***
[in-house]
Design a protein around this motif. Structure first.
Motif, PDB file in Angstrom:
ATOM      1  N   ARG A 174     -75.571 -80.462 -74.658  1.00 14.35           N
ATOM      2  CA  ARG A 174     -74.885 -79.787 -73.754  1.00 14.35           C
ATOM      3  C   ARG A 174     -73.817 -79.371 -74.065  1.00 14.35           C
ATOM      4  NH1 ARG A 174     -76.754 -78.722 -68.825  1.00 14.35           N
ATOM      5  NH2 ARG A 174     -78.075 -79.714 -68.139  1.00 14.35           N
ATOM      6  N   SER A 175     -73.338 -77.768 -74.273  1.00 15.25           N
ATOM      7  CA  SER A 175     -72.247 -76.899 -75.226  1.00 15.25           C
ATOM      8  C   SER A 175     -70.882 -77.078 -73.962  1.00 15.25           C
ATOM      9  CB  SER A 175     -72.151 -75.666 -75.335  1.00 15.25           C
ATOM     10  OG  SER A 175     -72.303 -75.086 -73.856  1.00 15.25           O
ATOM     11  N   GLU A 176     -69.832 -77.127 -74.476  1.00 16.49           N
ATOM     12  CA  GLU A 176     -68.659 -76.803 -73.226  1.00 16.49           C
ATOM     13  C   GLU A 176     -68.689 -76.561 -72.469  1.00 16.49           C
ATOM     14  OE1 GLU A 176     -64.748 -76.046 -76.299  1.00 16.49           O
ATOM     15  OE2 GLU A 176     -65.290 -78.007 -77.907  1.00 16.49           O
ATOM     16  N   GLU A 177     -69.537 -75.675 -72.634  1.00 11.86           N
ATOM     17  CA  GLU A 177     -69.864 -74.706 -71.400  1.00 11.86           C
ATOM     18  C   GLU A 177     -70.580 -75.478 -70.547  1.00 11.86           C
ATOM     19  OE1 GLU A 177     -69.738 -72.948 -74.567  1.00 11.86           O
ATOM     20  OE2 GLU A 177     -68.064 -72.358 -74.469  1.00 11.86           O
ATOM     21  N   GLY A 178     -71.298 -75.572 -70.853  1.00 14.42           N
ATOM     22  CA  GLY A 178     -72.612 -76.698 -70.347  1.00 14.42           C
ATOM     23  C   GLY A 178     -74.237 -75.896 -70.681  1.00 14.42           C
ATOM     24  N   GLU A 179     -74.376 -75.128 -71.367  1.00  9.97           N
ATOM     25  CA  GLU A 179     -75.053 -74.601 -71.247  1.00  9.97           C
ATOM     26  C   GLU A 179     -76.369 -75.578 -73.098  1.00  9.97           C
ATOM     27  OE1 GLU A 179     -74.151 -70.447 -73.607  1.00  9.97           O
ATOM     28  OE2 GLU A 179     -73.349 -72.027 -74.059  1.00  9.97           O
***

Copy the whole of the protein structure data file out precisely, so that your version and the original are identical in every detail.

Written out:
[in-house]
Design a protein around this motif. Structure first.
Motif, PDB file in Angstrom:
ATOM      1  N   ARG A 174     -75.571 -80.462 -74.658  1.00 14.35           N
ATOM      2  CA  ARG A 174     -74.885 -79.787 -73.754  1.00 14.35           C
ATOM      3  C   ARG A 174     -73.817 -79.371 -74.065  1.00 14.35           C
ATOM      4  NH1 ARG A 174     -76.754 -78.722 -68.825  1.00 14.35           N
ATOM      5  NH2 ARG A 174     -78.075 -79.714 -68.139  1.00 14.35           N
ATOM      6  N   SER A 175     -73.338 -77.768 -74.273  1.00 15.25           N
ATOM      7  CA  SER A 175     -72.247 -76.899 -75.226  1.00 15.25           C
ATOM      8  C   SER A 175     -70.882 -77.078 -73.962  1.00 15.25           C
ATOM      9  CB  SER A 175     -72.151 -75.666 -75.335  1.00 15.25           C
ATOM     10  OG  SER A 175     -72.303 -75.086 -73.856  1.00 15.25           O
ATOM     11  N   GLU A 176     -69.832 -77.127 -74.476  1.00 16.49           N
ATOM     12  CA  GLU A 176     -68.659 -76.803 -73.226  1.00 16.49           C
ATOM     13  C   GLU A 176     -68.689 -76.561 -72.469  1.00 16.49           C
ATOM     14  OE1 GLU A 176     -64.748 -76.046 -76.299  1.00 16.49           O
ATOM     15  OE2 GLU A 176     -65.290 -78.007 -77.907  1.00 16.49           O
ATOM     16  N   GLU A 177     -69.537 -75.675 -72.634  1.00 11.86           N
ATOM     17  CA  GLU A 177     -69.864 -74.706 -71.400  1.00 11.86           C
ATOM     18  C   GLU A 177     -70.580 -75.478 -70.547  1.00 11.86           C
ATOM     19  OE1 GLU A 177     -69.738 -72.948 -74.567  1.00 11.86           O
ATOM     20  OE2 GLU A 177     -68.064 -72.358 -74.469  1.00 11.86           O
ATOM     21  N   GLY A 178     -71.298 -75.572 -70.853  1.00 14.42           N
ATOM     22  CA  GLY A 178     -72.612 -76.698 -70.347  1.00 14.42           C
ATOM     23  C   GLY A 178     -74.237 -75.896 -70.681  1.00 14.42           C
ATOM     24  N   GLU A 179     -74.376 -75.128 -71.367  1.00  9.97           N
ATOM     25  CA  GLU A 179     -75.053 -74.601 -71.247  1.00  9.97           C
ATOM     26  C   GLU A 179     -76.369 -75.578 -73.098  1.00  9.97           C
ATOM     27  OE1 GLU A 179     -74.151 -70.447 -73.607  1.00  9.97           O
ATOM     28  OE2 GLU A 179     -73.349 -72.027 -74.059  1.00  9.97           O